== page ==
Thank you for a beautifully written article about the joys and sleepless nights we all as mothers face! One of the most challenging parts that I faced in co-sleeping was that my bedtime was their bedtime. Sometimes I wanted to stay awake with my husband, have a glass of wine or stay up with friends visiting. My youngest (now 10) would NOT go to bed until I did…I remember laying down with him till he fell asleep with the idea of getting back up again, well, usually it was lights out for me, too! Things changed with time and maturity and I laugh remembering it all. It is all too fleeting!

Kacey on

Lilianne – THANK YOU again !! I appreciate your comments. I should not have said insane, but I truly do believe that some of the theories that some moms cling to (co-sleeping, in this case because of the article) are ones that make it easier for themselves rather than for their children.

Elsie on

Co-sleeping safety takes planning and work. Being there a responding to babies’ needs, while also getting good sleep as a family isn’t laziness, it is smart.

annette on

thanks goodness for bassinets back in the day – such an easy transition from bassinet in our room to crib in their own once they started sleeping all nite – they didn’t care where we put them . . . when we put them down

Indira on

I co-slept with my parents. It’s weird that there’s actually a term for it. Anyway, when they finally kicked me out of their bed it wasn’t a big deal. I slept with them regularly until about 6, me and my brother. It was a tight squeeze. When they finally kicked us out it wasn’t a big deal. We were still more than welcome when we had nightmares.

My father is from the middle-east and my mother is from the Caribbean where it is pretty standard to share a bed with your parents or grandparents. I don’t really appreciate the assertion that this is lazy parenting. What exactly is the purpose of having your days old baby in a different room from you? Or a child who feels more comfortable knowing their parents in the same room?

Lilianne on

Kacey..we agree again. I think most attachment issues are more about the parent than the child. I have dealt with many mothers who seem upset when their children don’t cry when left with me at my daycare. Or upset when they call to ask how the little one is doing with the separation and when I say they only cried for a few seconds they seem offended by that. Like they WANT their child to cry for a long time because it must mean they love Mommy more?? I don’t understand that mentality. Shouldn’t you want your child to be well-adjusted and secure enough in your love that they can adapt well to any situation?

Gaia and labans mom on

Japan has one of the,highest education rates and theres a correlation between education level and fertility rates, kacey.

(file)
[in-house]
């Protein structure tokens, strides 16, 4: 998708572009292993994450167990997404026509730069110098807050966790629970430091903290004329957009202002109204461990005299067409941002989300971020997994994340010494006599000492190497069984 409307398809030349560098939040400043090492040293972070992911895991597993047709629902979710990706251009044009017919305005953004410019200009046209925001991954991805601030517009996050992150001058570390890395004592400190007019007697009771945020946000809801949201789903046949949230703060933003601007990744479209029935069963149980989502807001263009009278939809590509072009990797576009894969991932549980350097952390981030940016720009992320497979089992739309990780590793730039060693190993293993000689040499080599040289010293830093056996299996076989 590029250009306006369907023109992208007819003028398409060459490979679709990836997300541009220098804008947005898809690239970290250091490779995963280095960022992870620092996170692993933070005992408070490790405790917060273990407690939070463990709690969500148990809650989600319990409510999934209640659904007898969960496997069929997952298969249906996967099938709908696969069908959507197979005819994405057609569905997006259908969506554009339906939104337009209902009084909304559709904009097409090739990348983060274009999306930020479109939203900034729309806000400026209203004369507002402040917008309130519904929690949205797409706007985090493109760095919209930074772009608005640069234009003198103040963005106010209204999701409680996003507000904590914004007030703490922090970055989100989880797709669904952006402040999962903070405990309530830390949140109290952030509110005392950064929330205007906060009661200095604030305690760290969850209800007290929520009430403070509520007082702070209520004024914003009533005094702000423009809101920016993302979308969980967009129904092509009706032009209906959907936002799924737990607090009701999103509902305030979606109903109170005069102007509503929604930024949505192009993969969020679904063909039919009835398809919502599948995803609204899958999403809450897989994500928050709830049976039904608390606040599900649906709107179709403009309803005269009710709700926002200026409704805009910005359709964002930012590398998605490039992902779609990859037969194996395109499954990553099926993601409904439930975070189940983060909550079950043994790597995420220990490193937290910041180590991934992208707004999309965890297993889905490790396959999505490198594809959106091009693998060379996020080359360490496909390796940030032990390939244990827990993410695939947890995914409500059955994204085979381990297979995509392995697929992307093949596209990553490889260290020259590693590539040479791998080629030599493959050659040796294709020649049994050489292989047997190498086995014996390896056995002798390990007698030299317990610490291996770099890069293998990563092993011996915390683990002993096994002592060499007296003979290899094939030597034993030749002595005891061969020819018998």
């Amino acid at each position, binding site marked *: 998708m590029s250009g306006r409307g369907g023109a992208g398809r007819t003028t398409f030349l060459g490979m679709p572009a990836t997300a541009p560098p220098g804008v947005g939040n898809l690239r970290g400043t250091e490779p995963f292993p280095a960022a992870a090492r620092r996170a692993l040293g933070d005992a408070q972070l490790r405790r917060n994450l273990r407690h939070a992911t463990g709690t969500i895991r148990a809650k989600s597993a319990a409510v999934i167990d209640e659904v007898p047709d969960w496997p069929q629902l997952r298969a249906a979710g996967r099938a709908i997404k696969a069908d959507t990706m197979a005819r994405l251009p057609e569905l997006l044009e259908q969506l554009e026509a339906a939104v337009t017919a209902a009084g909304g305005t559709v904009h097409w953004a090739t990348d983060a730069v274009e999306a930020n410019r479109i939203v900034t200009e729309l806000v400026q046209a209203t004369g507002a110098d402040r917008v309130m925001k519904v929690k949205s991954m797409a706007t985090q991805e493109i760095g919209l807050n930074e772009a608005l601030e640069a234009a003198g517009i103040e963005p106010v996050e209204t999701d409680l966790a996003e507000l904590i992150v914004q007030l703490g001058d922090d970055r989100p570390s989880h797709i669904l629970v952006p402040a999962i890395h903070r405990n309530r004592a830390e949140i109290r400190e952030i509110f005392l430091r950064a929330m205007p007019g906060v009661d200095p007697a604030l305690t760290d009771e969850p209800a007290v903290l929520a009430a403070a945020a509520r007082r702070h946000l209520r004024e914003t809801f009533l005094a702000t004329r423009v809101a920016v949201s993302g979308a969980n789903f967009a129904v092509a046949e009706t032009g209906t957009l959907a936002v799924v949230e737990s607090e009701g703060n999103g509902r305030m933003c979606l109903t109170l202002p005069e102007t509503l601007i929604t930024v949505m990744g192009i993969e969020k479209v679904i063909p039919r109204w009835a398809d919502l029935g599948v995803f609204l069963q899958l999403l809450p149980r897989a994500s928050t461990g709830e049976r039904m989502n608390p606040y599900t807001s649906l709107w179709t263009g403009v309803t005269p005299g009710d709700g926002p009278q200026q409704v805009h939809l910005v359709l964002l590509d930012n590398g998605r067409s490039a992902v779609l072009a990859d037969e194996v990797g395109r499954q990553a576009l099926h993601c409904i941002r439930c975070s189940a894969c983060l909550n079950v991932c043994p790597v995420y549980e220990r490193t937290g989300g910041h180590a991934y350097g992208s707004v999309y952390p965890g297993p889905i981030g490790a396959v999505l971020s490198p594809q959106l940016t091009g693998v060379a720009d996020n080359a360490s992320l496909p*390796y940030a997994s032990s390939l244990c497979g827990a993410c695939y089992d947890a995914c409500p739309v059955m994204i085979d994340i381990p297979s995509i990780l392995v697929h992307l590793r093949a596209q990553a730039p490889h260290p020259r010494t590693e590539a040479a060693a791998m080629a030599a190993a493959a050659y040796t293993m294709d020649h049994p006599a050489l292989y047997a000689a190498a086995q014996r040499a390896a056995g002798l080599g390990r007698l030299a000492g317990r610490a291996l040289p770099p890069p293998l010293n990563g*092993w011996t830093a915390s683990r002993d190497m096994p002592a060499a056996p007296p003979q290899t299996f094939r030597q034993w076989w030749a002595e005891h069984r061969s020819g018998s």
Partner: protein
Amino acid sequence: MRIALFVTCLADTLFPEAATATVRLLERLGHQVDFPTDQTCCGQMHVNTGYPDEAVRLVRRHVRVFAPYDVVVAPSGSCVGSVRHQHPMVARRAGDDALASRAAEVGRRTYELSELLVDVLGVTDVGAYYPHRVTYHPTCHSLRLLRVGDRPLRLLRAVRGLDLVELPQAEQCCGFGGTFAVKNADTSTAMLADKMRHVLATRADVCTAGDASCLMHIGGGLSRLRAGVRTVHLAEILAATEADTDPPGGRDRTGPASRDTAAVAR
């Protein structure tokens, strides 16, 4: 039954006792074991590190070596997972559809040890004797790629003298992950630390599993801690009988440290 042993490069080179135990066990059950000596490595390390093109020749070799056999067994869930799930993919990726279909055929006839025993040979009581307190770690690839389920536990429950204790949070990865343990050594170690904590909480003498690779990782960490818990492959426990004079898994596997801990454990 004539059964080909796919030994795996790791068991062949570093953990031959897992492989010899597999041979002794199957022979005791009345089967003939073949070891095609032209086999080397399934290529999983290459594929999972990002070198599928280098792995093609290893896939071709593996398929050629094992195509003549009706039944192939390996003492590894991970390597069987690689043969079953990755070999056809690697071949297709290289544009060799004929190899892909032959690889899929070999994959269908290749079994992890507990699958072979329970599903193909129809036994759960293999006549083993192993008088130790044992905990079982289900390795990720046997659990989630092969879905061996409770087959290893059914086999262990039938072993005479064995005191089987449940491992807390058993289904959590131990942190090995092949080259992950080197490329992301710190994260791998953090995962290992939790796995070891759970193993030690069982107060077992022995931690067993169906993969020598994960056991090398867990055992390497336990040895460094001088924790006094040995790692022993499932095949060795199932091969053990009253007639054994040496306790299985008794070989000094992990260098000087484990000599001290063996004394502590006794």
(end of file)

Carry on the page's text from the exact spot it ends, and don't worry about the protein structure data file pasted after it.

My babies both went from bassinet to crib with plenty of co-sleeping nights in between. My girl has her own room but goes back and forth. I really have to laugh at the idea that a sleeping arrangement can establish a child’s independence. If that were the case you could look at adults and just tell. It doesn’t make much sense. You don’t have to teach autonomy to a child anyone with a child over two knows that much.

What if co-sleeping with a newborn is convienent? Making your life more difficult doesn’t make you a better mom. Are there any forty year olds sleeping with their parents still? No, like potty training some do it at ten months some do it at three yrs but, it gets done and after a while it makes no difference.

Some of you need to stop equating the bedroom with sex! Its bizarre for me to hear this practice describe as creepy. Its unfortunate really because a big chunk of the world co-sleeps.

Lastly, I agree with melody. Even if my kids co-slept with me and my hubby until seven thats such a small chunk of time that I won’t get back. I kinda hope they don’t tho, theyre some lanky kids.

Holiday on

Elsie I agree with every word you said! What I dont get is why some of you are in a rush to make your newborns and very young babies so independent? That is said ALL the time on here, how sleeping, or being with your baby all the time will make them not independent.

Jj on

I really don’t think that anybody commenting has the right to judge anybody elses choices. Parents do what is right for them and their baby. After I had my daughter, I was amazed at how people felt that they could judge me and my decisions. I have a happy and healthy daughter and that’s all that matters. People should make the decisions that are right for their family, not what somebody else thinks is right.

EA on

I don’t think it about having time alone with your husband/partner, I think it’s about having time alone WITH YOURSELF.
Both of mt breast fed babies slept in their own beds. My 5 year-old since she was 5 days old and with the door closed. At 13 months she was in a toddler bed with the door locked so she couldn’t open it and get out. My 3 yo was in his own bed at 6 months. I hear him right now, playing in his room with door closed before he puts himself to bed when he’s tired. AND they both sleep for 12-13 hours, have since they were 9-12 months. Nothing feels better than crawling into your own bed for some peace and quiet at the end of the day, even when your two.

momoftwins on